I was cross because I wanted to go to the Nelson march of the nationwide Anti-TPPA protest day. I had signed up for it a few days ago and even though I'd had stomach problems yesterday, I'd hoped I'd be alright by 1PM. But I couldn't go. For about 24 hours I had such discomfort from time to time I had to lie on the floor! Not pain, but discomfort. Doubly strange because I haven't eaten wheat in several weeks. But it seem to have disappeared just as suddenly as it came. Boo hoo.

I've been thinking about a commission project. It's for Mom's former neighbor. The client keeps calling it my "tapestry", even though I explained to her a couple of times I don't do tapestries, not even wall hangings. But since she's seen enough of my pieces, Mom and I figured she knows the style of cloth I can make, but intends to decorate her house with it anyway.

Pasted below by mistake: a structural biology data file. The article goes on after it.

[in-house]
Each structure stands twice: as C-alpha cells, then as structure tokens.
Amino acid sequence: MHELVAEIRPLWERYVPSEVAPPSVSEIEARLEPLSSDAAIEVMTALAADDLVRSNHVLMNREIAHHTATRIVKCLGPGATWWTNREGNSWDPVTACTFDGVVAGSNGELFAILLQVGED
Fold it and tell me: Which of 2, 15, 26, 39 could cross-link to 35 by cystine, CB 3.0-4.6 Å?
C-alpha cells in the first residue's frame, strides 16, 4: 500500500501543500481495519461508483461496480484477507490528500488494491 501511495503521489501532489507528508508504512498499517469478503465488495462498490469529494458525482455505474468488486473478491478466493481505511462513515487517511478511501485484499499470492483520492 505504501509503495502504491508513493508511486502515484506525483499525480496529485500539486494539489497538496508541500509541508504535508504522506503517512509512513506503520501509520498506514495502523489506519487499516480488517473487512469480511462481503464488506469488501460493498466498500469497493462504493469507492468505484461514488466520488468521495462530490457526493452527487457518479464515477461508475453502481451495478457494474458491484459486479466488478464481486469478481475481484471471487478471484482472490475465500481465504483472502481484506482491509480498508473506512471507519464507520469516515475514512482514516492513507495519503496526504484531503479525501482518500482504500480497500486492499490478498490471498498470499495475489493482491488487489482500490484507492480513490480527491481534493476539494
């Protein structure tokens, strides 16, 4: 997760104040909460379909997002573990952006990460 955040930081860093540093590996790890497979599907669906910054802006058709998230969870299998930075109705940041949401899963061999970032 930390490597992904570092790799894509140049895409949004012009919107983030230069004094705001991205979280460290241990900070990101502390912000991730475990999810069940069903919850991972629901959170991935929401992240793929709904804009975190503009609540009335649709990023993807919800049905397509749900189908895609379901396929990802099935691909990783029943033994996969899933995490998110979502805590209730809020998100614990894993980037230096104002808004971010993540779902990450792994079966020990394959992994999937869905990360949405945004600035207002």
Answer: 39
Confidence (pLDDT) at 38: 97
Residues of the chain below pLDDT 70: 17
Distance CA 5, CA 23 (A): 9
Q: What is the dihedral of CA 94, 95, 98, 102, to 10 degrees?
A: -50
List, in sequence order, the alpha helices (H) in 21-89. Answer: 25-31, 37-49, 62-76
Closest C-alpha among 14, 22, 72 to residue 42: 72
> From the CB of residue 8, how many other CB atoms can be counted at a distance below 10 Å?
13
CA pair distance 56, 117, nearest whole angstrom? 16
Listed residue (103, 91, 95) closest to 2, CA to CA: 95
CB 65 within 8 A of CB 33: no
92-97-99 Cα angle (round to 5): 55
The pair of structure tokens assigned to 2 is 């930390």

This is how far I've gotten.
This is the draft, a modified version of Triona's scarf. Here you see a full warp repeat and a little less than one-third weft repeat, but it's pretty regular so you get the idea.
After several sittings of selecting and editing by the stairway, I used eight colors of 2/20 mercerized cotton and nine 2/60; the color/size distribution is straight forward; A-B-A-B-A.
This is what the chains look like.

I've got a whole bunch of weft candidates, as well as sup warp and wefts, but I don't know much else about it. It's unusual I don't have a mental end picture to work towards, but I'm enjoying this new, building-up kind of making. But this warp won't go on the loom for a wee while.